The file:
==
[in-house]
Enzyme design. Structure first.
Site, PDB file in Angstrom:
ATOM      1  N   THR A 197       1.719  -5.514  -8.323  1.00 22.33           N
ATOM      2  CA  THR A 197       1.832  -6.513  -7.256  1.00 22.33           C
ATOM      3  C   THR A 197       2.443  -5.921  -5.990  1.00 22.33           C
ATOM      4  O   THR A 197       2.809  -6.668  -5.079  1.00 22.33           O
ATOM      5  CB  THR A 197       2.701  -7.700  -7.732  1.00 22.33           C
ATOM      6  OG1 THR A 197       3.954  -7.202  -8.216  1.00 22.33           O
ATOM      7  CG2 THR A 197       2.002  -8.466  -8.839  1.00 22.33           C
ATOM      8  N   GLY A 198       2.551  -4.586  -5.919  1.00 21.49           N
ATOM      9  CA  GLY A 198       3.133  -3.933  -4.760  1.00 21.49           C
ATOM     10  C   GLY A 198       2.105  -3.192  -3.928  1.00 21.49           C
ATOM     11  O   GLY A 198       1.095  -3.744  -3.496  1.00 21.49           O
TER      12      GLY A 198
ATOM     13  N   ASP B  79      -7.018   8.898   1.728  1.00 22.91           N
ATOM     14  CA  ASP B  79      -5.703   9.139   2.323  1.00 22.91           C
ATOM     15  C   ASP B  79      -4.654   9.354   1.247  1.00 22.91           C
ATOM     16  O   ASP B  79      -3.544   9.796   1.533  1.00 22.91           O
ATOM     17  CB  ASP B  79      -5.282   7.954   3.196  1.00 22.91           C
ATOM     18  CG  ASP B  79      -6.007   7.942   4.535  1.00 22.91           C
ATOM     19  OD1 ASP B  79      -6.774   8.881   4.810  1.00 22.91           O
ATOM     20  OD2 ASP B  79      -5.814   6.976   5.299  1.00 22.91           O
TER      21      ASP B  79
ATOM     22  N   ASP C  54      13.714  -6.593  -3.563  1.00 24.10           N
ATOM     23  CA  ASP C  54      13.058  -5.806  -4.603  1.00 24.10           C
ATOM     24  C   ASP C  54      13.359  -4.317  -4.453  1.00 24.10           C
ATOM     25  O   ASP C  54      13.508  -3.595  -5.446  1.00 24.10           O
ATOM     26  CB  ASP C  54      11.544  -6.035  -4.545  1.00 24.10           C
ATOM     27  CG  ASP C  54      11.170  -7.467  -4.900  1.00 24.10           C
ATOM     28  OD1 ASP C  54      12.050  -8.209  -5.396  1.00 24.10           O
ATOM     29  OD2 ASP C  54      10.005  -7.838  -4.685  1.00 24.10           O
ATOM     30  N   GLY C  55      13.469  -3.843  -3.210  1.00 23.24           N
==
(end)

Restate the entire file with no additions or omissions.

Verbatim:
[in-house]
Enzyme design. Structure first.
Site, PDB file in Angstrom:
ATOM      1  N   THR A 197       1.719  -5.514  -8.323  1.00 22.33           N
ATOM      2  CA  THR A 197       1.832  -6.513  -7.256  1.00 22.33           C
ATOM      3  C   THR A 197       2.443  -5.921  -5.990  1.00 22.33           C
ATOM      4  O   THR A 197       2.809  -6.668  -5.079  1.00 22.33           O
ATOM      5  CB  THR A 197       2.701  -7.700  -7.732  1.00 22.33           C
ATOM      6  OG1 THR A 197       3.954  -7.202  -8.216  1.00 22.33           O
ATOM      7  CG2 THR A 197       2.002  -8.466  -8.839  1.00 22.33           C
ATOM      8  N   GLY A 198       2.551  -4.586  -5.919  1.00 21.49           N
ATOM      9  CA  GLY A 198       3.133  -3.933  -4.760  1.00 21.49           C
ATOM     10  C   GLY A 198       2.105  -3.192  -3.928  1.00 21.49           C
ATOM     11  O   GLY A 198       1.095  -3.744  -3.496  1.00 21.49           O
TER      12      GLY A 198
ATOM     13  N   ASP B  79      -7.018   8.898   1.728  1.00 22.91           N
ATOM     14  CA  ASP B  79      -5.703   9.139   2.323  1.00 22.91           C
ATOM     15  C   ASP B  79      -4.654   9.354   1.247  1.00 22.91           C
ATOM     16  O   ASP B  79      -3.544   9.796   1.533  1.00 22.91           O
ATOM     17  CB  ASP B  79      -5.282   7.954   3.196  1.00 22.91           C
ATOM     18  CG  ASP B  79      -6.007   7.942   4.535  1.00 22.91           C
ATOM     19  OD1 ASP B  79      -6.774   8.881   4.810  1.00 22.91           O
ATOM     20  OD2 ASP B  79      -5.814   6.976   5.299  1.00 22.91           O
TER      21      ASP B  79
ATOM     22  N   ASP C  54      13.714  -6.593  -3.563  1.00 24.10           N
ATOM     23  CA  ASP C  54      13.058  -5.806  -4.603  1.00 24.10           C
ATOM     24  C   ASP C  54      13.359  -4.317  -4.453  1.00 24.10           C
ATOM     25  O   ASP C  54      13.508  -3.595  -5.446  1.00 24.10           O
ATOM     26  CB  ASP C  54      11.544  -6.035  -4.545  1.00 24.10           C
ATOM     27  CG  ASP C  54      11.170  -7.467  -4.900  1.00 24.10           C
ATOM     28  OD1 ASP C  54      12.050  -8.209  -5.396  1.00 24.10           O
ATOM     29  OD2 ASP C  54      10.005  -7.838  -4.685  1.00 24.10           O
ATOM     30  N   GLY C  55      13.469  -3.843  -3.210  1.00 23.24           N